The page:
Sunday, June 3, 2012

In Zanesville by Jo Ann Beard

A girl and her best friend grow up and grow apart

This novel is the story of narrator Jo (apparently that is her name) and her early teenage years in a quiet little town. Jo has a drunken failure for a father, a hardworking mother, and a mischievous best friend Flea (though the two of them are certainly not bad girls). Once boys, hesitantly, at the edges, enter the picture, the bond between the two girls gets frayed. Will the friendship survive? Nothing really much happens in this novel, which bothered me at first, and then didn’t. The girls rescue some kittens and they go to a wake. A lot of time is spent in angst over whether the cheerleaders like them or not. It's probably a triumph that such an unassuming book got published and at first I wondered if this was a young adult book.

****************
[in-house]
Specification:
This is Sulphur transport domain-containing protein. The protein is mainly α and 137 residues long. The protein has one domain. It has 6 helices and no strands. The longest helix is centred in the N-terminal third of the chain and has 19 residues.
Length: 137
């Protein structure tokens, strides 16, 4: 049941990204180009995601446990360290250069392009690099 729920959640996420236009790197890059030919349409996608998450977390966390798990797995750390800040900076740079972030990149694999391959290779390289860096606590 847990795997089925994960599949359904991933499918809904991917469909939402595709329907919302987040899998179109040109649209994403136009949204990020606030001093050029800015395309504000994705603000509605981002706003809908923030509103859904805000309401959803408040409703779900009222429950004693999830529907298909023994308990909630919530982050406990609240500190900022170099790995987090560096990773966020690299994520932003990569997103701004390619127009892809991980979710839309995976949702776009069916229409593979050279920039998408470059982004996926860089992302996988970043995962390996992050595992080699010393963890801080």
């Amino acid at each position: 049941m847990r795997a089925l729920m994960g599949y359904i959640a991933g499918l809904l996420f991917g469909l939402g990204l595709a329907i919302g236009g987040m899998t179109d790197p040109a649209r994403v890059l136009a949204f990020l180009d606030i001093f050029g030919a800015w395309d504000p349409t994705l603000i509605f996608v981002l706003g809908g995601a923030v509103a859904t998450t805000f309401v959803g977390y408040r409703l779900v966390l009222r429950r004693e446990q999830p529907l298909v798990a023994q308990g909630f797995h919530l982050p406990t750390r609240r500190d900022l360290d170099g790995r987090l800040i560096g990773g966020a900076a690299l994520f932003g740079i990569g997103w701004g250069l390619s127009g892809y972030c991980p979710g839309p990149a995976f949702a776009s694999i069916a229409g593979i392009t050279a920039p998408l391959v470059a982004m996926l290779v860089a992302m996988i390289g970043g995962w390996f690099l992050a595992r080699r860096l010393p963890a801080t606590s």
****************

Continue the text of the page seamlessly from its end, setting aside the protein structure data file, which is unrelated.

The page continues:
The sometimes hilarious details reminded me of my seventies girlhood but the meandering story line also reminded me that my seventies girlhood was so dull I ran away to Hollywood. Does a novel require an imaginative architecture, that is, a plot? When you eschew a plot, you eschew plot missteps, but the stakes stay small. Or do they? Isn’t this novel about small town girlhood also about life itself? Nothing seems to happen in Zanesville, but then perhaps everything happens.

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